Gustave Hervé, another great anti-patriot, justly calls patriotism a superstition—one far more injurious, brutal, and inhumane than religion. The superstition of religion originated in man's inability to explain natural phenomena. That is, when primitive man heard thunder or saw the lightning, he could not account for either, and therefore concluded that back of them must be a force greater than himself. Similarly he saw a supernatural force in the rain, and in the various other changes in nature. Patriotism, on the other hand, is a superstition artificially created and maintained through a network of lies and falsehoods; a superstition that robs man of his self-respect and dignity, and increases his arrogance and conceit.

    In the twenty-first century, we have exhausted the word "patriotism". So now the argument shifts to "American exceptionalism". But what does that term even mean?

    Goldman's assessment of patriotism could well describe one of the competing definitions of American exceptionalism. Conservatives often denounce liberals for rejecting American exceptionalism, though liberals would often respond that they are using a different definition. Liberals often denounce conservatives for hiding behind the idea of American exceptionalism in order to betray the American heritage of liberty and justice for all.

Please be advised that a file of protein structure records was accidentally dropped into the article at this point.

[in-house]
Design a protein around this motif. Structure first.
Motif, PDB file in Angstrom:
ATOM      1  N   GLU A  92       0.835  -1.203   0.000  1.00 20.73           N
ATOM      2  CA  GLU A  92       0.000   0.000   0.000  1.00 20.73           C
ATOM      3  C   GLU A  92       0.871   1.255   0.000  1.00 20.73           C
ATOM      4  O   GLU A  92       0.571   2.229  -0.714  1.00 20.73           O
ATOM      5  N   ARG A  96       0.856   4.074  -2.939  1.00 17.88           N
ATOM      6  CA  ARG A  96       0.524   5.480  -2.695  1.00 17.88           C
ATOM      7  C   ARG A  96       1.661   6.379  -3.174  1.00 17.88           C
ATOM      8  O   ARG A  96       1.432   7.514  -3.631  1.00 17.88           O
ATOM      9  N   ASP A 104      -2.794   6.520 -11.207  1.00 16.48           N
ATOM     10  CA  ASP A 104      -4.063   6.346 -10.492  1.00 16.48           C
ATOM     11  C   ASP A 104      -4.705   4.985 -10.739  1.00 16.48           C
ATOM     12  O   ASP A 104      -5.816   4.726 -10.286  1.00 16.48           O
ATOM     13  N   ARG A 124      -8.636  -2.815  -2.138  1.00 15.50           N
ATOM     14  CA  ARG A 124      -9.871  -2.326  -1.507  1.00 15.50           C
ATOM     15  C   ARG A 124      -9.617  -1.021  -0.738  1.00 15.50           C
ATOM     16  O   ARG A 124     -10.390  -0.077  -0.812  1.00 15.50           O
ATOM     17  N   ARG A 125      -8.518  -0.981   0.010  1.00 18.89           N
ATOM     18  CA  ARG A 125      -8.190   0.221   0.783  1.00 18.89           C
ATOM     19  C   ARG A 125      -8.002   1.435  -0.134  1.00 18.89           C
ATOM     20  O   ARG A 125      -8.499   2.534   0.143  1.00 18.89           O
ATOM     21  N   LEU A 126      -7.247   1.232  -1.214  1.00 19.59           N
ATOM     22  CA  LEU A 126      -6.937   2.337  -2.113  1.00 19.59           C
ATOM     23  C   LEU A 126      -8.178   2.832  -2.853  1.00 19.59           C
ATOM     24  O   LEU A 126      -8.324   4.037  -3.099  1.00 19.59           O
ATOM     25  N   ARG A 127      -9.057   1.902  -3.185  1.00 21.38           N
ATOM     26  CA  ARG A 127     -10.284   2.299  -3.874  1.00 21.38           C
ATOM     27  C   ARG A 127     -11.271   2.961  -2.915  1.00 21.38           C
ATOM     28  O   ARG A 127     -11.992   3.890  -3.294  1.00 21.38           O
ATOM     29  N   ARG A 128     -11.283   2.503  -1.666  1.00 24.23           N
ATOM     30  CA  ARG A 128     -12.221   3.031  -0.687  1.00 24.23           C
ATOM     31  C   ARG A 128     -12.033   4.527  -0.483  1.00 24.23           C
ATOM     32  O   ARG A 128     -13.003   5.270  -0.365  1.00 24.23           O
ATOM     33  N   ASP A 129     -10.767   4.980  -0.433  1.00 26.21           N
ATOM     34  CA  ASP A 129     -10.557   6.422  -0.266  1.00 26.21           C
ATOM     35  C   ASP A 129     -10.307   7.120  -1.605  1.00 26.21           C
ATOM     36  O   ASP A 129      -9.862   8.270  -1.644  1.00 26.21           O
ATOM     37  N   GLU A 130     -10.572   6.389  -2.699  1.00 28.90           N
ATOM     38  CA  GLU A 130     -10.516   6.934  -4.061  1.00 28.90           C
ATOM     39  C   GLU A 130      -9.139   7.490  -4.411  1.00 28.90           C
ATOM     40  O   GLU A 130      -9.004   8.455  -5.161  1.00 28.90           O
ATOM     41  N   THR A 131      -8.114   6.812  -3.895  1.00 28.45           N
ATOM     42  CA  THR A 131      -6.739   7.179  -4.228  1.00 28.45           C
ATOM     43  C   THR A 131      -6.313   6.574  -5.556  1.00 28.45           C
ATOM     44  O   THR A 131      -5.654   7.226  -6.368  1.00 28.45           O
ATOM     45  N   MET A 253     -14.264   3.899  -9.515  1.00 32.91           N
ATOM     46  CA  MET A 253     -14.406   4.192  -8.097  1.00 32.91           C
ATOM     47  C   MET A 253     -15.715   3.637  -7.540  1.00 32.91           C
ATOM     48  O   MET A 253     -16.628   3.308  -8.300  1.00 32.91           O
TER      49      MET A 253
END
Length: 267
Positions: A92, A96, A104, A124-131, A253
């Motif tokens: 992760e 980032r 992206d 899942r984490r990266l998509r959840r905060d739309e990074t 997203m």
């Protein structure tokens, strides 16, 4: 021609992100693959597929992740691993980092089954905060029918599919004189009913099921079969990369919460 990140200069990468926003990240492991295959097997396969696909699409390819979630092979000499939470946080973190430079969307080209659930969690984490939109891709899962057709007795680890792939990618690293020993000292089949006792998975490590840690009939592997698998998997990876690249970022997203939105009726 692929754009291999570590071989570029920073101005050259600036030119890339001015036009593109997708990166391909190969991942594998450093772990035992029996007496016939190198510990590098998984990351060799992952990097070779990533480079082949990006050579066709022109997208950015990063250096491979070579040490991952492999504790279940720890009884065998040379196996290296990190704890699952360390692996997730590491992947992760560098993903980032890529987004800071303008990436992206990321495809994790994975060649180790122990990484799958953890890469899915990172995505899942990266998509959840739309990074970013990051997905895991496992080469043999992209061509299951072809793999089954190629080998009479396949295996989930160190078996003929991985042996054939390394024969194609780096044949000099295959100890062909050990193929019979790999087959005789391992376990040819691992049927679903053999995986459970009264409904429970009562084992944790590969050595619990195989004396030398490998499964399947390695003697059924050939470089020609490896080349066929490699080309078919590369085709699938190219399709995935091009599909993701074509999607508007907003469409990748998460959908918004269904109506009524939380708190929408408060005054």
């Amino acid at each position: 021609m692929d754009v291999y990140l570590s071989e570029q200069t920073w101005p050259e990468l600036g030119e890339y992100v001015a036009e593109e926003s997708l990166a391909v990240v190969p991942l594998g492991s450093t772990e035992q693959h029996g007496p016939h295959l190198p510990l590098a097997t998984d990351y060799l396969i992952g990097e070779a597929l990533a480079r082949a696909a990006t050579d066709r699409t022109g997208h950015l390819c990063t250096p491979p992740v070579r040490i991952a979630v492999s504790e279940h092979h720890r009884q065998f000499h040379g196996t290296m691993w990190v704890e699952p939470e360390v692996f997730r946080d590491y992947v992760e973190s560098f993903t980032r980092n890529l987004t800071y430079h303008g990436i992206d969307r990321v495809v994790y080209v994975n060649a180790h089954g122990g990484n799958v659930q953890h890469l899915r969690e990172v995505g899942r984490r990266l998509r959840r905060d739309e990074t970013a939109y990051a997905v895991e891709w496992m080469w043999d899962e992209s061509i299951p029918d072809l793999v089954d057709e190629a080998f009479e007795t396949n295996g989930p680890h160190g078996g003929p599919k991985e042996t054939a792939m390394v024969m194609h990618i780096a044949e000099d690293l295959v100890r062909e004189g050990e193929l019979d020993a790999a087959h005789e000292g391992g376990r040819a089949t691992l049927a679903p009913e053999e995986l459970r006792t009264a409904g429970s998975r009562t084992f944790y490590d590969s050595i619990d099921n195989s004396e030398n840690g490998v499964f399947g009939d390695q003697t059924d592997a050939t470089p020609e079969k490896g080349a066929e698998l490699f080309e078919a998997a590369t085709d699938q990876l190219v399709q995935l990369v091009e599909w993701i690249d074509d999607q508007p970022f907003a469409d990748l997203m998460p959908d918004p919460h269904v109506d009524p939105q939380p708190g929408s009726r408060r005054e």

For Rep. Lee, and also Mitt Romney, one would expect the Utah congressman's "extra chromosome" argument to apply in a context derived from a more conservative version of American exceptionalism—one in which the working classes support the excesses of the wealthy, who in turn push for a society more resembling feudalism than a modern, industrial republic; one in which American wars are justified simply because we choose to pick a fight; one in which the difference between Americans who torture and the despots and terrorists who torture is the fact that Americans are Americans (who can, apparently, do no wrong unless they're Democrats).

    What, then, is Rep. Lee telling Americans about Mormons? Are they wealth-worshipping war-dogs, only more so because they have a superior, God-given love for war, corruption, supremacism?

    I sincerely doubt that's what he meant.

    But what did he mean, then?

    And given the fact of the infamous "three-fifths compromise", is there any relationship between a Mormon heritage of white supremacism and the assertion of divine intervention and inspiration that denigrated and enslaved people according to the color of their skin?

    What actually strikes me as politically deft in Lee's comments is that any focus on the actual "extra chromosome" bit will create something of a rhetorical circus that ignores the deeper questions and implications of the Utah congressman's outlook.

    So, what is American exceptionalism? And should we really apply the notion so broadly as to justify our colossal screw-ups, like the Iraq War and the Wall Street meltdown of 2008? Is American exceptionalism really anything more than supremacist ideology wrapped in a lipstick-adorned pig wrapped in a blanket?


    Bedard, Paul. "Mitt ally: Mormons have extra dose of patriotism". The Washington Examiner. June 12, 2012. June 16, 2012.

    Goldman, Emma. "Patriotism: A Menace to Society". Anarchism and Other Essays. 1911. Anarchy Archives. June 16, 2012.
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  3. Cavalier Knight of the Opinion Registered Senior Member

    Just to be clear, I feel confident the "extra chromosome" reference was a poorly chosen analogy, not a statement of his actual belief about the genetics of Mormons. It is an exaggeration similar to the way in which people claim they will in 110% of their effort for causes they believe in.